Proximity and displacement sensors also can detect torque by measuring the angular displacement between a shaft's two ends. By fixing two identical toothed wheels to the shaft at some distance apart, the angular displacement caused by the torque can be measured. Proximity sensors or photocells located at each toothed wheel produce output voltages whose phase difference increases as the torque twists the shaft.
  Another approach is to aim a single photocell through both sets of toothed wheels. As torque rises and causes one wheel to overlap the other, the amount of light reaching the photocell is reduced. Displacements caused by torque can also be detected by other optical, inductive, capacitive, and potentiometric sensors. For example, a capacitance-type torque sensor can measure the change in capacitance that occurs when torque causes the gap between two capacitance plates to vary.
  The ability of a shaft material to concentrate magnetic flux--magnetic permeability--also varies with torque and can be measured using a magnetostrictive sensor. When the shaft has no loading, its permeability is uniform. Under torsion, permeability and the number of flux lines increase in proportion to torque. This type of sensor can be mounted to the side of the shaft using two primary and two secondary windings. Alternatively, it can be arranged with many primary and secondary windings on a ring around the shaft.
  A magnetoelastic torque sensor detects changes in permeability by measuring changes in its own magnetic field. One magnetoelastic sensor is constructed as a thin ring of steel tightly coupled to a stainless steel shaft. This assembly acts as a permanent magnet whose magnetic field is proportional to the torque applied to the shaft. The shaft is connected between a drive motor and the driven device, such as a screw machine. A magnetometer converts the generated magnetic field into an electrical output signal that is proportional to the torque being applied.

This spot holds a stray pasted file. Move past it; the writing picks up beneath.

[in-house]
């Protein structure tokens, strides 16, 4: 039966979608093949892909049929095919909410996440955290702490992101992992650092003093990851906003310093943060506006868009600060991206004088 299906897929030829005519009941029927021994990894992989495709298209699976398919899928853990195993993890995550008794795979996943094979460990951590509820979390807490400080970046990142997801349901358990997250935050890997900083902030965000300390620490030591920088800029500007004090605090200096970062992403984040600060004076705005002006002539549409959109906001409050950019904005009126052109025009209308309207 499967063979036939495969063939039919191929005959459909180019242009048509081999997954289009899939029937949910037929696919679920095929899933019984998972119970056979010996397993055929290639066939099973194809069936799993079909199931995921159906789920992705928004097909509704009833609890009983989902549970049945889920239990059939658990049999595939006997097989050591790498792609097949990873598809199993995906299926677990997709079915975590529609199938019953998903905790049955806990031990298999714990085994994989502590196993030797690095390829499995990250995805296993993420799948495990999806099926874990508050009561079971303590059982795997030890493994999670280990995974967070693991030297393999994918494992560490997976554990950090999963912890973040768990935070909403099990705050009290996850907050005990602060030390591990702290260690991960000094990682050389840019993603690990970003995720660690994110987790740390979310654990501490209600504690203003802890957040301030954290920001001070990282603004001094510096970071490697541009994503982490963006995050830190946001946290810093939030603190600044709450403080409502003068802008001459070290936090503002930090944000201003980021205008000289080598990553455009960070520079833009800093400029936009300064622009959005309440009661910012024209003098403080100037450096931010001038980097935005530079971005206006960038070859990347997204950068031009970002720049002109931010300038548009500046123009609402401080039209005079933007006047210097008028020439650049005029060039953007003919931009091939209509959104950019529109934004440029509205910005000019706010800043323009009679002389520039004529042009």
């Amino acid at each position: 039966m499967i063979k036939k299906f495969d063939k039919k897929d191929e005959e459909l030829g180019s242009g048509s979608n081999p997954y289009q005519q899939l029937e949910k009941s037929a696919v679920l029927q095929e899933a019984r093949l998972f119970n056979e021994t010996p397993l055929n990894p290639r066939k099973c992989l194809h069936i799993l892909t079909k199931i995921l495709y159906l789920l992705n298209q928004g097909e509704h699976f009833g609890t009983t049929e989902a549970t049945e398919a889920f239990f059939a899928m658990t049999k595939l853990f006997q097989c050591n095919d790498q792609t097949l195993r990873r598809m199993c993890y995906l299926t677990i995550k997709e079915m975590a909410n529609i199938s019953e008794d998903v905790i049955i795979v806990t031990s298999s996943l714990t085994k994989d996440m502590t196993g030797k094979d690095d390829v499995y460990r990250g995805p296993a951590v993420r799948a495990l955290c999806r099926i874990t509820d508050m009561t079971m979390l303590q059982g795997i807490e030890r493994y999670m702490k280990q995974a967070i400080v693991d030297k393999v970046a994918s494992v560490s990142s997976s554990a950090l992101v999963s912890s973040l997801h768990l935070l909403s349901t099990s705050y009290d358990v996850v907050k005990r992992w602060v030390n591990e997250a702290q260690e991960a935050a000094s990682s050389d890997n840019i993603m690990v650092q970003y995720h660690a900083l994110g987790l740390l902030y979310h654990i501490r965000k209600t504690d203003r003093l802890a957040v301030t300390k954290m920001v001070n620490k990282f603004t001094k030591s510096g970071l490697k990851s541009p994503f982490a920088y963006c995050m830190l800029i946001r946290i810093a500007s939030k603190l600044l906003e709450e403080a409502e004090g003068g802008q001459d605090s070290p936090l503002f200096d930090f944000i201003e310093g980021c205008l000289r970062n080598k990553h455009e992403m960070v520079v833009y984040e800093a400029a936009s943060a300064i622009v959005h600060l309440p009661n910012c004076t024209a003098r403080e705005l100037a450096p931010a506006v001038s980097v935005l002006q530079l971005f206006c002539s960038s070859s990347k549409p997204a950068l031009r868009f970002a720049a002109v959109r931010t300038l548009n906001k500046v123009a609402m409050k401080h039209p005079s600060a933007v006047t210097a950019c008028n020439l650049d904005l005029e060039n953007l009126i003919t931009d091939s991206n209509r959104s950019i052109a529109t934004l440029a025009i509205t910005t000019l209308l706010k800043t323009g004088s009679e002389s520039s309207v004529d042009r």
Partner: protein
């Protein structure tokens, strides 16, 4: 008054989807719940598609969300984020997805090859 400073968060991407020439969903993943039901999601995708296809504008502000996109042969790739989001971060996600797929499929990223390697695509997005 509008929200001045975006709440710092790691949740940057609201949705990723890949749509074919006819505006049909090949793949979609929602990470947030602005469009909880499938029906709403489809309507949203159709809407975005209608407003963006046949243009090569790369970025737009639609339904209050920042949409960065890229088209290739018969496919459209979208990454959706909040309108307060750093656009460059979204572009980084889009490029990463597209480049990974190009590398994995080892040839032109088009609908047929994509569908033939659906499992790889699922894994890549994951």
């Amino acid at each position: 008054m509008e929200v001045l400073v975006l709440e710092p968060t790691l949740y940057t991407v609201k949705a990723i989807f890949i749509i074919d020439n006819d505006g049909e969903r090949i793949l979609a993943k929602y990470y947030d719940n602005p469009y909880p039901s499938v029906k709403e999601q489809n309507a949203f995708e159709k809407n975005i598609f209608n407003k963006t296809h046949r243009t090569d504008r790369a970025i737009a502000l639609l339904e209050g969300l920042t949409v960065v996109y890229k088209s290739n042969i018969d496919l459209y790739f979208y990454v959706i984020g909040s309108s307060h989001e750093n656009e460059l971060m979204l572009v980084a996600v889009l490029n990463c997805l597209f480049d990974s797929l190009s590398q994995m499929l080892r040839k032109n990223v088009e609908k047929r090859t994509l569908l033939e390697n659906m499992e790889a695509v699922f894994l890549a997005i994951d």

References & Further Reading
  Omegadyne Pressure, Force, Load, Torque Databook, Omegadyne, Inc., 1996.
  The Pressure, Strain, and Force Handbook, Omega Press LLC, 1996.
  Industrial Control Handbook, E. A. Parr, Butterworth, 1995.
  Instrument Engineers' Handbook, Bela Liptak, CRC Press LLC, 1995.
  Instrumentation Reference Book, 2nd Edition, B.E. Noltingk, Butterworth-Heinemann, 1995.
  "Overcoming the High Cost of Torque Sensing in Industrial Applications," Darrell Williams, Eaton Corp., 1998.
  Process/Industrial Instruments and Controls Handbook, 4th Edition, Douglas M. Considine, McGraw-Hill, 1993.
  Sensor and Analyzer Handbook, H.N. Norton, Prentice Hall, 1982.
  "Sensors: The Next Wave of Infotech Innovation," Paul Saffo, Institute for the Future,1998.
  Van Nostrand's Scientific Encyclopedia, Douglas M. Considine and Glenn D. Considine, Van Nostrand, 1997.
  Vibration Analysis for Electronic Equipment, 2nd Edition, Dave S. Steinberg, Wiley, 1988.